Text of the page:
Good news for taxpayers in Kneehill County: your taxes, or at least the rate that establishes your taxes, isn't going up next year.
A special council meeting held on November 9 saw the county council pass operating and capital budgets for 2017.
"We didn't want to raise taxes, we did have some loss of revenue (and) we wanted that addressed, we wanted no reduction in services and we didn't want to go into our reserves to make things work," outlined Kneehill Reeve Bob Long.
Compounding things was the fact that there was a 14.5 per cent decrease in oil and gas well tax assessments and a 9.5 per cent decrease in pipeline assessments. However, Long said they were able to find other savings.
"Rather than build new roads, we went into a shoulder pull program which kind of gave us a lot of the same things that a total rebuild would give us, but it's far cheaper." he explained. "It went from $350,000 a mile to $20,000 a mile and it gave us a road that will certainly get us through the next ten or twelve years."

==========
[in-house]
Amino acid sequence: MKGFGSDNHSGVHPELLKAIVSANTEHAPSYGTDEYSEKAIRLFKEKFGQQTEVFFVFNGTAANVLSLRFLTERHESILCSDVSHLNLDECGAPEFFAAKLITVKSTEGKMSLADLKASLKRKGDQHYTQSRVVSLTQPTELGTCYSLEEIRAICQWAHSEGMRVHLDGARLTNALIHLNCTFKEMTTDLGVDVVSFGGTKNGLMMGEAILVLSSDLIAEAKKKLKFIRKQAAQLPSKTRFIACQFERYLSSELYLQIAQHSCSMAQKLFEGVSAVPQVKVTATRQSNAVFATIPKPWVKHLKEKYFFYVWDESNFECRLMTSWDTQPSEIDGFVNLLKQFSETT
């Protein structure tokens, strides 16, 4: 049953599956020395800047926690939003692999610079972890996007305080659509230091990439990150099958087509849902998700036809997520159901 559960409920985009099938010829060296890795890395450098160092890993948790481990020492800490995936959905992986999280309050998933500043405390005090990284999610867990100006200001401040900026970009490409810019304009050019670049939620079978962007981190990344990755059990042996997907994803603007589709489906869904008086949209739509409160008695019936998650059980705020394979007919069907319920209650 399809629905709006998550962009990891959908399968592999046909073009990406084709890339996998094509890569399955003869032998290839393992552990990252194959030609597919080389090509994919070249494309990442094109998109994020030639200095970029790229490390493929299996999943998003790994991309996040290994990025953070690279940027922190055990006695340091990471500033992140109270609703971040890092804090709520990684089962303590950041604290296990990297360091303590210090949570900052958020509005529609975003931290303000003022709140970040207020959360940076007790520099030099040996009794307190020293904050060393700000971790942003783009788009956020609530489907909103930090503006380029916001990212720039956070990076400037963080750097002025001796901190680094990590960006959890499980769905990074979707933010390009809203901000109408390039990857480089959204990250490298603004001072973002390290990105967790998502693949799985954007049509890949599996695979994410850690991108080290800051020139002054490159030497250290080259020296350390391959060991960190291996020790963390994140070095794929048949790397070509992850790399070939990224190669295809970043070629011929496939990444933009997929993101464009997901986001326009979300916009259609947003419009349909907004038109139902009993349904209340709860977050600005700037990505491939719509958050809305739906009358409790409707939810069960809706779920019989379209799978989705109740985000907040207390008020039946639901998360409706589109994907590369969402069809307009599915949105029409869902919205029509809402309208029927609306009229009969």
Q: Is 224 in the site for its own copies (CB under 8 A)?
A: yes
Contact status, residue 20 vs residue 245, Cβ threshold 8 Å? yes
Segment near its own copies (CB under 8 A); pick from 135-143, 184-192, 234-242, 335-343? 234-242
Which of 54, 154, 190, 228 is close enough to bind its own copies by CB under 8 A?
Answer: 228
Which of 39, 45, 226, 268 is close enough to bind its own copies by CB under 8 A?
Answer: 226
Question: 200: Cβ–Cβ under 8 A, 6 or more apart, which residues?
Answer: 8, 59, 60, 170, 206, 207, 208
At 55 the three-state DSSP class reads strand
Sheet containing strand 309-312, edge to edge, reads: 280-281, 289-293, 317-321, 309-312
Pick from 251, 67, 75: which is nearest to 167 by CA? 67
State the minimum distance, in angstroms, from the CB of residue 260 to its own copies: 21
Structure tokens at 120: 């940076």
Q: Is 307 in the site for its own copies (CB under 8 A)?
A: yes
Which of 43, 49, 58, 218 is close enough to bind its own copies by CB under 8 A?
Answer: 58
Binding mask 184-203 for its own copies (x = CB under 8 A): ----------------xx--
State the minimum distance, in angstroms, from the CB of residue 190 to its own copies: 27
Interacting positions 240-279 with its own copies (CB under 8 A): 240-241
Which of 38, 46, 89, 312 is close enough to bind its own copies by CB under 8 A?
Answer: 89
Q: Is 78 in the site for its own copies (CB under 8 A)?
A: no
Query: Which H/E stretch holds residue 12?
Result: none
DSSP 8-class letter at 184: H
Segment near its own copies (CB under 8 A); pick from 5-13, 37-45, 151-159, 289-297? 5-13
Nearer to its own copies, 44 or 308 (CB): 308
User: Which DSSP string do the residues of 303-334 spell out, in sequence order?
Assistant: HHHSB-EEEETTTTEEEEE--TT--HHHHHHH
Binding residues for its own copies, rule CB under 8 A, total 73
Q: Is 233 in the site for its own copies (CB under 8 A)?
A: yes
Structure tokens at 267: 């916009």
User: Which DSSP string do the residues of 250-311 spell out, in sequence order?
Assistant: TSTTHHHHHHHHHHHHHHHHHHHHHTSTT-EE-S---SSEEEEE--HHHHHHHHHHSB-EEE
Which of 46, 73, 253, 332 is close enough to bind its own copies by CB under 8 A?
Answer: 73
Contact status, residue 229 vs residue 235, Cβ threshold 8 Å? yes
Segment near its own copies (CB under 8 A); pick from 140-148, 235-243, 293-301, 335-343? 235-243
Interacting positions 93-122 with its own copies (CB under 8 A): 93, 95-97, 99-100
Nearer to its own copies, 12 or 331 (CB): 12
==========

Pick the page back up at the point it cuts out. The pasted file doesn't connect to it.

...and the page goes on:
The reeve gives much of the credit to Kneehill County administrators, who had to sharpen their pencils a lot as they went through the two budgets.
"They put a lot of work into planning out where within that budget process they could shave a dollar or two without interfering with our service delivery standard," noted Long. "We wanted to maintain what we were doing for our rate payers and we were able to do that."
Long believes the Provincial Government's new carbon tax will add $120,000 to Kneehill's bills, not counting an expected increase in the costs of goods and services as suppliers pass the cost of the new tax along.